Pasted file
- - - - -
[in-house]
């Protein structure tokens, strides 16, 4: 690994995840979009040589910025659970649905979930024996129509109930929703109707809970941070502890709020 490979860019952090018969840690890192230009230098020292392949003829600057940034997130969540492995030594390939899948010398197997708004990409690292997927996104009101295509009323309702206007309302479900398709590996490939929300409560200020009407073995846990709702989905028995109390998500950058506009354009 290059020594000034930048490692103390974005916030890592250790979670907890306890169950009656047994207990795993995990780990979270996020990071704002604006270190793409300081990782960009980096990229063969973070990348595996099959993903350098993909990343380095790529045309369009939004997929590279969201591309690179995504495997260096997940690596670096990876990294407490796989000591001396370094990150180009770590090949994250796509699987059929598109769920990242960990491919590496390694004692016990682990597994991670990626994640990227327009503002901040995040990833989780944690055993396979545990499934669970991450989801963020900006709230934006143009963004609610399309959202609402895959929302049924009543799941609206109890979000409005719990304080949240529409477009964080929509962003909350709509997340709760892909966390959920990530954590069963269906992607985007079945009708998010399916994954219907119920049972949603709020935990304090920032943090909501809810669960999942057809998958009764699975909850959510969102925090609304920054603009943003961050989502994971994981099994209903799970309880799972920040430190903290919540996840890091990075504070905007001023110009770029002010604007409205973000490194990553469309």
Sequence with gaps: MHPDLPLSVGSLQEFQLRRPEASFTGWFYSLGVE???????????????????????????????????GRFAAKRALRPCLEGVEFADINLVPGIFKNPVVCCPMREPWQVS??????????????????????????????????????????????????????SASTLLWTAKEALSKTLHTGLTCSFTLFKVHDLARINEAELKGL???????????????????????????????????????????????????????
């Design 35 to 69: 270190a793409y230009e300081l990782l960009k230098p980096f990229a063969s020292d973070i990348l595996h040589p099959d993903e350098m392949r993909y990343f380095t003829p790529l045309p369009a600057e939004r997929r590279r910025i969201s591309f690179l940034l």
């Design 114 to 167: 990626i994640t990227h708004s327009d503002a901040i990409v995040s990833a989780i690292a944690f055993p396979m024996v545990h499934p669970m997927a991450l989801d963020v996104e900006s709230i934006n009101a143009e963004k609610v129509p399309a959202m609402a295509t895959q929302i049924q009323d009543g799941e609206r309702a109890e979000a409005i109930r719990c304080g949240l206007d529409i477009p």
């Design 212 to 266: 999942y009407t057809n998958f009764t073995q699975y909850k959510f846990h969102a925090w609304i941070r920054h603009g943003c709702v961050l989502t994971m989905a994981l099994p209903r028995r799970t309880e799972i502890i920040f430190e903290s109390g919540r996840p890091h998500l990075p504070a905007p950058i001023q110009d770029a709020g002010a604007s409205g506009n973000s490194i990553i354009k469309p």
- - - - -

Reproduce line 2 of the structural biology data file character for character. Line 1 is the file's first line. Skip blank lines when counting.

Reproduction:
């Protein structure tokens, strides 16, 4: 690994995840979009040589910025659970649905979930024996129509109930929703109707809970941070502890709020 490979860019952090018969840690890192230009230098020292392949003829600057940034997130969540492995030594390939899948010398197997708004990409690292997927996104009101295509009323309702206007309302479900398709590996490939929300409560200020009407073995846990709702989905028995109390998500950058506009354009 290059020594000034930048490692103390974005916030890592250790979670907890306890169950009656047994207990795993995990780990979270996020990071704002604006270190793409300081990782960009980096990229063969973070990348595996099959993903350098993909990343380095790529045309369009939004997929590279969201591309690179995504495997260096997940690596670096990876990294407490796989000591001396370094990150180009770590090949994250796509699987059929598109769920990242960990491919590496390694004692016990682990597994991670990626994640990227327009503002901040995040990833989780944690055993396979545990499934669970991450989801963020900006709230934006143009963004609610399309959202609402895959929302049924009543799941609206109890979000409005719990304080949240529409477009964080929509962003909350709509997340709760892909966390959920990530954590069963269906992607985007079945009708998010399916994954219907119920049972949603709020935990304090920032943090909501809810669960999942057809998958009764699975909850959510969102925090609304920054603009943003961050989502994971994981099994209903799970309880799972920040430190903290919540996840890091990075504070905007001023110009770029002010604007409205973000490194990553469309």